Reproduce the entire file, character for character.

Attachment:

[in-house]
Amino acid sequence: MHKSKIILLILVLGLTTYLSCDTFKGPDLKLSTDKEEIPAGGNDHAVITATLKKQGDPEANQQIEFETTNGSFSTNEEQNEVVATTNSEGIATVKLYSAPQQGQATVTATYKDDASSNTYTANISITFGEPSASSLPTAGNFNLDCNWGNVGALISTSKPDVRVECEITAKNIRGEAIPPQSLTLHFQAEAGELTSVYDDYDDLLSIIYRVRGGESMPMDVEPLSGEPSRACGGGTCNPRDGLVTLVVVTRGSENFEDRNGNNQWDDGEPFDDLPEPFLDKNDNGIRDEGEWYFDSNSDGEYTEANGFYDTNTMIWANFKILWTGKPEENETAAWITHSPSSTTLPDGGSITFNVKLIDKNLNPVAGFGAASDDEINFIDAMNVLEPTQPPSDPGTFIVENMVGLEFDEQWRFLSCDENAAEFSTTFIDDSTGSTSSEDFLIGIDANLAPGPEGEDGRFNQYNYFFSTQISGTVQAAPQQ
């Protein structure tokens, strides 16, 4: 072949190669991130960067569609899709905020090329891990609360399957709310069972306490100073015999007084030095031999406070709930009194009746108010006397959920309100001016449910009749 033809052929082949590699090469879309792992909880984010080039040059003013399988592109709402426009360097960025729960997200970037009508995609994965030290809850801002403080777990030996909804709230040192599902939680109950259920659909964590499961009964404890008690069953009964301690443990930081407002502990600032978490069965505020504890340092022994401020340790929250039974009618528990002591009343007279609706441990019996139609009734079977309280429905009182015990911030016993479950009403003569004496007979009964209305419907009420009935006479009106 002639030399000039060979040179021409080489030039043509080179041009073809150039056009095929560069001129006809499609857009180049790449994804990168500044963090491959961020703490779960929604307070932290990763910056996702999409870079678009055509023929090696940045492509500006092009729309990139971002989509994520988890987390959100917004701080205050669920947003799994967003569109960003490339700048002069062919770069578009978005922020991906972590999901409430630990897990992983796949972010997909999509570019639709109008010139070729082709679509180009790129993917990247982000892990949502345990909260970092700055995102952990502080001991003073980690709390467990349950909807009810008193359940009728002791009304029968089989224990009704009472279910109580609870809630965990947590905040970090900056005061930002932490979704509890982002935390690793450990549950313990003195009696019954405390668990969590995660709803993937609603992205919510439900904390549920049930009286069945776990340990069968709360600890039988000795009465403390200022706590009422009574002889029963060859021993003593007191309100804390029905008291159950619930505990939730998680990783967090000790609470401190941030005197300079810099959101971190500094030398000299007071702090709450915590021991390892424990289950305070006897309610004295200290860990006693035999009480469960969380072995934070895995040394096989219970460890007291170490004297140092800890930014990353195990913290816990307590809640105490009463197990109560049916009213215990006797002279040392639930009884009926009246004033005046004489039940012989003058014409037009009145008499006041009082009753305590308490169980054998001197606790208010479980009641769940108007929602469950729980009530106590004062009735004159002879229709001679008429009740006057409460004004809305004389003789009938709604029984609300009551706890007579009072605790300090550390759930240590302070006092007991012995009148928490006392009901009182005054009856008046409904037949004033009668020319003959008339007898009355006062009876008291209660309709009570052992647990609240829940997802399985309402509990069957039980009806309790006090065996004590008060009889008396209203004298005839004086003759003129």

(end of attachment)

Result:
[in-house]
Amino acid sequence: MHKSKIILLILVLGLTTYLSCDTFKGPDLKLSTDKEEIPAGGNDHAVITATLKKQGDPEANQQIEFETTNGSFSTNEEQNEVVATTNSEGIATVKLYSAPQQGQATVTATYKDDASSNTYTANISITFGEPSASSLPTAGNFNLDCNWGNVGALISTSKPDVRVECEITAKNIRGEAIPPQSLTLHFQAEAGELTSVYDDYDDLLSIIYRVRGGESMPMDVEPLSGEPSRACGGGTCNPRDGLVTLVVVTRGSENFEDRNGNNQWDDGEPFDDLPEPFLDKNDNGIRDEGEWYFDSNSDGEYTEANGFYDTNTMIWANFKILWTGKPEENETAAWITHSPSSTTLPDGGSITFNVKLIDKNLNPVAGFGAASDDEINFIDAMNVLEPTQPPSDPGTFIVENMVGLEFDEQWRFLSCDENAAEFSTTFIDDSTGSTSSEDFLIGIDANLAPGPEGEDGRFNQYNYFFSTQISGTVQAAPQQ
């Protein structure tokens, strides 16, 4: 072949190669991130960067569609899709905020090329891990609360399957709310069972306490100073015999007084030095031999406070709930009194009746108010006397959920309100001016449910009749 033809052929082949590699090469879309792992909880984010080039040059003013399988592109709402426009360097960025729960997200970037009508995609994965030290809850801002403080777990030996909804709230040192599902939680109950259920659909964590499961009964404890008690069953009964301690443990930081407002502990600032978490069965505020504890340092022994401020340790929250039974009618528990002591009343007279609706441990019996139609009734079977309280429905009182015990911030016993479950009403003569004496007979009964209305419907009420009935006479009106 002639030399000039060979040179021409080489030039043509080179041009073809150039056009095929560069001129006809499609857009180049790449994804990168500044963090491959961020703490779960929604307070932290990763910056996702999409870079678009055509023929090696940045492509500006092009729309990139971002989509994520988890987390959100917004701080205050669920947003799994967003569109960003490339700048002069062919770069578009978005922020991906972590999901409430630990897990992983796949972010997909999509570019639709109008010139070729082709679509180009790129993917990247982000892990949502345990909260970092700055995102952990502080001991003073980690709390467990349950909807009810008193359940009728002791009304029968089989224990009704009472279910109580609870809630965990947590905040970090900056005061930002932490979704509890982002935390690793450990549950313990003195009696019954405390668990969590995660709803993937609603992205919510439900904390549920049930009286069945776990340990069968709360600890039988000795009465403390200022706590009422009574002889029963060859021993003593007191309100804390029905008291159950619930505990939730998680990783967090000790609470401190941030005197300079810099959101971190500094030398000299007071702090709450915590021991390892424990289950305070006897309610004295200290860990006693035999009480469960969380072995934070895995040394096989219970460890007291170490004297140092800890930014990353195990913290816990307590809640105490009463197990109560049916009213215990006797002279040392639930009884009926009246004033005046004489039940012989003058014409037009009145008499006041009082009753305590308490169980054998001197606790208010479980009641769940108007929602469950729980009530106590004062009735004159002879229709001679008429009740006057409460004004809305004389003789009938709604029984609300009551706890007579009072605790300090550390759930240590302070006092007991012995009148928490006392009901009182005054009856008046409904037949004033009668020319003959008339007898009355006062009876008291209660309709009570052992647990609240829940997802399985309402509990069957039980009806309790006090065996004590008060009889008396209203004298005839004086003759003129």